Some team alliances were easy to decide: Don Cheadle’s War Machine is best friends with Tony Stark, and Anthony Mackie’s Falcon is never going to leave Cap’s side. In addition to Black Panther, the man in the metal suit also scored Scarlett Johansson’s Black Widow and Paul Bettany’s Vision, while Jeremy Renner’s Hawkeye, Elizabeth Olsen’s Scarlet Witch, and Paul Rudd’s Ant-Man went with Mr. Stars and Stripes.

“This is an argument and a struggle with your family, for your family, and against your family,” says Evans, who has now played the super-soldier Steve Rogers in six Marvel films (counting a cameo in Thor: The Dark World.)


Normal people may not settle their quarrels by hurling each other through walls, but the actor says the emotional deathmatch in Civil War is just an exaggerated version of an ultra-tense holiday dinner. “I think it’s much more relatable, much more akin to [disputes] we have in life,” Evans says. “Arguments with your family can be far worse than struggles with your enemy.”

How did they ultimately settle on who chooses #TeamCap or #Team Iron Man?

“Coin toss,” Joe Russo jokes.

“Pin the tail on the donkey?” Evans suggests. “Magic 8-ball?”

“There were some that went back and forth a number of times,” Feige adds.

“I think the most complicated choice was Natasha,” Joe Russo says.

“I was just going to say I love her like ambiguity, her decisions,” Evans says.


“What we did with her was like it was a two-step process,” Anthony Russo says. “The first phase we went through thinking about the characters as pairs. What were their relationships? What were the predictable choices that they were going to make that we had to service? And then how could we subvert those predictable choices?”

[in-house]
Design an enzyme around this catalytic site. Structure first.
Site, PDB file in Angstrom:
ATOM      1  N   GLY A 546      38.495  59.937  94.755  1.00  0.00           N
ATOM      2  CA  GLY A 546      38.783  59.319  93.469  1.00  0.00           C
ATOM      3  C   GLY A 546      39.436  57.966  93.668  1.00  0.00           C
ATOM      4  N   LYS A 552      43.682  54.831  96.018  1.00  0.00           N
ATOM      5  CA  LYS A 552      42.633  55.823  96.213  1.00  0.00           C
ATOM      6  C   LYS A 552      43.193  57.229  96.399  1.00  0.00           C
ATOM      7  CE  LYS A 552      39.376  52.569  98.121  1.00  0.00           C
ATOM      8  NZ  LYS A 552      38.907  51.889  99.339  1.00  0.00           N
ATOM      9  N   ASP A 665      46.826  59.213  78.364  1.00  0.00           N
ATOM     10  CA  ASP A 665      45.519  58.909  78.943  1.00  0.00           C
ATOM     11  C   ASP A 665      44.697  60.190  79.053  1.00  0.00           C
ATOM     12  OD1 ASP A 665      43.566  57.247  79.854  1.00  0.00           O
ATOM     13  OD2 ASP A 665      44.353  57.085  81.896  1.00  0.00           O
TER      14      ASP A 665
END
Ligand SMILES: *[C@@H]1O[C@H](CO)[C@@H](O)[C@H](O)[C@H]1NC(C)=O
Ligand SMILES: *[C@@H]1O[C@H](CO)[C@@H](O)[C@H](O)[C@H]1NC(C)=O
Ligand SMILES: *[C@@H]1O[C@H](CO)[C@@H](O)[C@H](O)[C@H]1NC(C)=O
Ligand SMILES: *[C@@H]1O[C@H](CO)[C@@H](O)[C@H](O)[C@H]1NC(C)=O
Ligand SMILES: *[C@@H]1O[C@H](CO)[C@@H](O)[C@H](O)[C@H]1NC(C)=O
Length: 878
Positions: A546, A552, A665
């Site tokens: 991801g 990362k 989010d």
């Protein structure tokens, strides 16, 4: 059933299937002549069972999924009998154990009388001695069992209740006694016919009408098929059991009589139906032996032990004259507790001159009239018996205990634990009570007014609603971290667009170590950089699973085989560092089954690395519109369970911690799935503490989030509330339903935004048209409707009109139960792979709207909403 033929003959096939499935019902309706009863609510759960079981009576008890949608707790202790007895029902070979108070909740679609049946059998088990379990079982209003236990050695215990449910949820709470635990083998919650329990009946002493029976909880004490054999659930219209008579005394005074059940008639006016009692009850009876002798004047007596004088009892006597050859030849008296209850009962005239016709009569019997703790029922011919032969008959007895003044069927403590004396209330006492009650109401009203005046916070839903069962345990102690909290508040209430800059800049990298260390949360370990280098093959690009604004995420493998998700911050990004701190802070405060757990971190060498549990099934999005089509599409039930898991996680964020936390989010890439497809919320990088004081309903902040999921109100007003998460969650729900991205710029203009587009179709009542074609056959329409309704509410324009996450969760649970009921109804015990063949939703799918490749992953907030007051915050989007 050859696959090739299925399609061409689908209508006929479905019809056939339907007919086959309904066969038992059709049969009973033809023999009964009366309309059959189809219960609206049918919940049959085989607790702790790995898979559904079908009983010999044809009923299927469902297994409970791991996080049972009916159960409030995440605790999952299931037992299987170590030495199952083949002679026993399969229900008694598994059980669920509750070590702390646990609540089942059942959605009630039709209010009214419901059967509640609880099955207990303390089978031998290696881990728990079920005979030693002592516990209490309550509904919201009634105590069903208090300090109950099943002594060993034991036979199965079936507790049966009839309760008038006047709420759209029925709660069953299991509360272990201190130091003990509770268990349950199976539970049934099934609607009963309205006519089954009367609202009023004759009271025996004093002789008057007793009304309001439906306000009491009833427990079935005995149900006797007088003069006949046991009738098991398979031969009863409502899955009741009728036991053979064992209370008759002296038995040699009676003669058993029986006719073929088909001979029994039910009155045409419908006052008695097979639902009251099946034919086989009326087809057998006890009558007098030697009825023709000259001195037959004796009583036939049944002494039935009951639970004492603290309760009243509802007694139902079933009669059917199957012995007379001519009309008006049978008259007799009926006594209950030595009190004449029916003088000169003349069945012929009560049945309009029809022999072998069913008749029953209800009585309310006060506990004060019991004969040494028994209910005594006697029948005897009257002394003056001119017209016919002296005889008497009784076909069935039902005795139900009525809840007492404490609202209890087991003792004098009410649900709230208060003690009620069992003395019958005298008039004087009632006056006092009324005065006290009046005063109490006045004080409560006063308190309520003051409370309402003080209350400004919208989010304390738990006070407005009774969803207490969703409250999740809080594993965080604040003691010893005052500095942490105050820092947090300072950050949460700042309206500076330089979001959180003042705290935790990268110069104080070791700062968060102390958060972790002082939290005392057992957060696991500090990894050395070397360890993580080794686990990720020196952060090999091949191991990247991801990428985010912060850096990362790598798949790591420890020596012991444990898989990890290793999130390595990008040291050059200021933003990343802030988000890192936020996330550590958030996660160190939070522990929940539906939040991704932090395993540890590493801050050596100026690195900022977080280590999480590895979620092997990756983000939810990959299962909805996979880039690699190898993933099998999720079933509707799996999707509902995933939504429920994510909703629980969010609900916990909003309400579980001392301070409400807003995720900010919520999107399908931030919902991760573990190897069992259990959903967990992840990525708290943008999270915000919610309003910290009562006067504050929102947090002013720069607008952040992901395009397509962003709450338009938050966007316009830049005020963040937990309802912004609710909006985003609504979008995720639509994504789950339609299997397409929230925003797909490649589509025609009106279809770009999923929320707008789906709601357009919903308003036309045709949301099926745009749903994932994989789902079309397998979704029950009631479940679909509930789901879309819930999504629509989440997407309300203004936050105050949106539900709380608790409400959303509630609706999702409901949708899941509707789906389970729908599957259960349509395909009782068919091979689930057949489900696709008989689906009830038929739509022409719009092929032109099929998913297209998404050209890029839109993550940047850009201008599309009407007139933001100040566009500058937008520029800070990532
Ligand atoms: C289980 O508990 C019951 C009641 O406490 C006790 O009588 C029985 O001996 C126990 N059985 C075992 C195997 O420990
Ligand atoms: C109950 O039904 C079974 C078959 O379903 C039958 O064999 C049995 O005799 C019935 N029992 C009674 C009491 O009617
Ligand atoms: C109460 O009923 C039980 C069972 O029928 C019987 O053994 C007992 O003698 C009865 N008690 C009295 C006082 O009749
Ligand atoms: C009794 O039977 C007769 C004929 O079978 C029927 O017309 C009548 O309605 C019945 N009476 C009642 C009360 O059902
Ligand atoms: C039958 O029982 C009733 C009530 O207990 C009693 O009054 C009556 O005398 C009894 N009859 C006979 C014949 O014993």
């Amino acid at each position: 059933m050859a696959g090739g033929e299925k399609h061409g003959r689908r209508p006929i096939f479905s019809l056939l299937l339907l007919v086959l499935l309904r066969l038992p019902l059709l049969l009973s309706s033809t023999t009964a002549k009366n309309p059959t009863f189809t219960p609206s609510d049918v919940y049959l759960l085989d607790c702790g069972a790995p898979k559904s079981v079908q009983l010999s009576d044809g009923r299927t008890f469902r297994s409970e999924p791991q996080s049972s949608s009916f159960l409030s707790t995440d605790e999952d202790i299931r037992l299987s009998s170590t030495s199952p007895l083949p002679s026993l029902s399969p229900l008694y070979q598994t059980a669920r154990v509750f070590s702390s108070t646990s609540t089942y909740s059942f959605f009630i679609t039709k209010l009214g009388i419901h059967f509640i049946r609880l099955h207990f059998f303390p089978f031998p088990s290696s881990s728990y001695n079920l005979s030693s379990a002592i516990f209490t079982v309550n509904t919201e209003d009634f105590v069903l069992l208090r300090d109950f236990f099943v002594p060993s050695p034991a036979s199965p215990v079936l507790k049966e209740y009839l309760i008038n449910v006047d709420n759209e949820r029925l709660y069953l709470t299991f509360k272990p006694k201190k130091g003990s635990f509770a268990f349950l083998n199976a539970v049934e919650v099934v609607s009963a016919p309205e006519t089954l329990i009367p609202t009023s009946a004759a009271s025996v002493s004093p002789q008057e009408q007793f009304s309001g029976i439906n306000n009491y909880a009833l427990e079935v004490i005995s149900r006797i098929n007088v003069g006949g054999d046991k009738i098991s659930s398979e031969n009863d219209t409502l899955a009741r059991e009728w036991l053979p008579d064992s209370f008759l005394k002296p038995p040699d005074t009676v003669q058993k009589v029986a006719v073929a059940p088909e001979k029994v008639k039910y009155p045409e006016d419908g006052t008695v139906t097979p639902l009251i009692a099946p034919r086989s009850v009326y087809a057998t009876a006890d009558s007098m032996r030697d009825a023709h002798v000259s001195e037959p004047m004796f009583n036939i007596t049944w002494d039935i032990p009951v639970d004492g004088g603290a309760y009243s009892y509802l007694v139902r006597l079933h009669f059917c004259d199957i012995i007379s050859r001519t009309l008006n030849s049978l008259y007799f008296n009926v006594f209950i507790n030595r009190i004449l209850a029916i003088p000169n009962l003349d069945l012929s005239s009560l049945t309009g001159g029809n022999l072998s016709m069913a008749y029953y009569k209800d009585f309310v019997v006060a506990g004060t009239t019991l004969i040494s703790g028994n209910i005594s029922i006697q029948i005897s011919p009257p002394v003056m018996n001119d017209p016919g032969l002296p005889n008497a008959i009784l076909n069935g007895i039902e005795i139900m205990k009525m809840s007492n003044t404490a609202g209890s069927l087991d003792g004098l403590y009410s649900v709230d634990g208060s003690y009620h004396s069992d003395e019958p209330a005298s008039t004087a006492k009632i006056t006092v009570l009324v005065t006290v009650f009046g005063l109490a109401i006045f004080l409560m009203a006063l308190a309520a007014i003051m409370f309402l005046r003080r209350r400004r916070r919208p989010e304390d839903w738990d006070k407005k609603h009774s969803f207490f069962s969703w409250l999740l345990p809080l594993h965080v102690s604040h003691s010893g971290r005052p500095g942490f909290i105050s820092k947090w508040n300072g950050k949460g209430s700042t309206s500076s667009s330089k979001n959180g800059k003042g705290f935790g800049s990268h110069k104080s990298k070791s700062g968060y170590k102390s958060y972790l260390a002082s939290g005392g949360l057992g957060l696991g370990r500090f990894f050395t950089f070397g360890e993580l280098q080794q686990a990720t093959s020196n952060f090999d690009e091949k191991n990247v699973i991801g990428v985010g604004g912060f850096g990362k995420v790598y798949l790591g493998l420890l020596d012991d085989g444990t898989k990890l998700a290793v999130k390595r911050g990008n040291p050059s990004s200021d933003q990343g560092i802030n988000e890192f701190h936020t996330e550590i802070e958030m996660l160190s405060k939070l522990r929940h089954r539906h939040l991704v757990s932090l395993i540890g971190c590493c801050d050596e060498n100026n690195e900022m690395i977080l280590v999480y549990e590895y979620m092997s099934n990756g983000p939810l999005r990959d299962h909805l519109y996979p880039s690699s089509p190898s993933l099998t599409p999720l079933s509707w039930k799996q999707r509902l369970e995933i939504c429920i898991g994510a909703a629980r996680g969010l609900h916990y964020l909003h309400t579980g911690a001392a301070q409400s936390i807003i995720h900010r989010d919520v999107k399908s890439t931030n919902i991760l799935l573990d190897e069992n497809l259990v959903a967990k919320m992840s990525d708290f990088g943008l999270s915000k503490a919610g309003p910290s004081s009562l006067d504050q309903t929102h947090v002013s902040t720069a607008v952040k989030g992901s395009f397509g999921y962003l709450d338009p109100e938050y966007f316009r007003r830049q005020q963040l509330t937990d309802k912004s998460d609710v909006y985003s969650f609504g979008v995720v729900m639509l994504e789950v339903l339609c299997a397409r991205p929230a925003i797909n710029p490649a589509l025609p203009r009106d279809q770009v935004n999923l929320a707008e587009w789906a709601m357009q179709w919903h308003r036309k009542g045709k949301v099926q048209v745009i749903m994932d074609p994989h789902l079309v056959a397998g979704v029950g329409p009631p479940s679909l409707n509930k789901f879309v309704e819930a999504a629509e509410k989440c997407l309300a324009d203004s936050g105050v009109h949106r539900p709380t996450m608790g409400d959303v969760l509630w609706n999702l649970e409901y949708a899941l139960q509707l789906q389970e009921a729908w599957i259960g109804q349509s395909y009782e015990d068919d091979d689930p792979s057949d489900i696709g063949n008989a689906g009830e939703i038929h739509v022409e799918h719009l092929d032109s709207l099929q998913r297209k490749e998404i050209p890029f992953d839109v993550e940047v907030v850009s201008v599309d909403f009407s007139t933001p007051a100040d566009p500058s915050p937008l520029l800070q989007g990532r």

Falcon and War Machine were never going to be question marks, but Black Widow is nothing but a question mark. “We found a way to put Natasha in an awkward place, to sort of subvert her where she would normally go,” Anthony Russo says.

This scene is set an an international intelligence operations center, with Sharon Carter (Emily VanCamp), in the background with Anthony Mackie’s Falcon and Chris Evans’ Captain America, and Black Widow (Scarlett Johansson) on opposite sides of the glass. Carter, whose relation to his World War II flame Peggy Carter hasn’t been established yet in the films, became a love interest for Cap in the comics. “I think he’s looking,” Evan says. “You know, I think he’s certainly open to it. Sharon is obviously relevant, but … we don’t have to tie it up in one movie. So they have time.”
| Credit: Zade Rosenthal

“In a way that was substantiated by her journey over the last few movies anyway,” Joe says. “Even though you know she had told the government to kiss her ass at the end of Winter Soldier, this movie presents a very complicated problem and she has an emotional response to what they’re being asked to do.”

So while Black Widow is #TeamIronMan, she’s not that committed to the accords that lock heroes under the control of others. “She’s a character who understands it on an intellectual level. She wants to make amends for some of the mistakes that the Avengers have made,” Joe says. “But she’s only willing to go so far with it.”


The movie is loosely inspired by the 2006-07 Civil War series of Marvel comic books written by Mark Millar. “Civil War had been a dream now almost exactly 10 years,” says Feige, who felt the hero vs. hero narrative would only pack an emotional punch if the characters had an established history. Thirteen movies in, the time seemed right., although they explored a lot of other options first.

“Every time there was a plot or a bad guy, “ Feige says, “There wasn’t, it wasn’t…”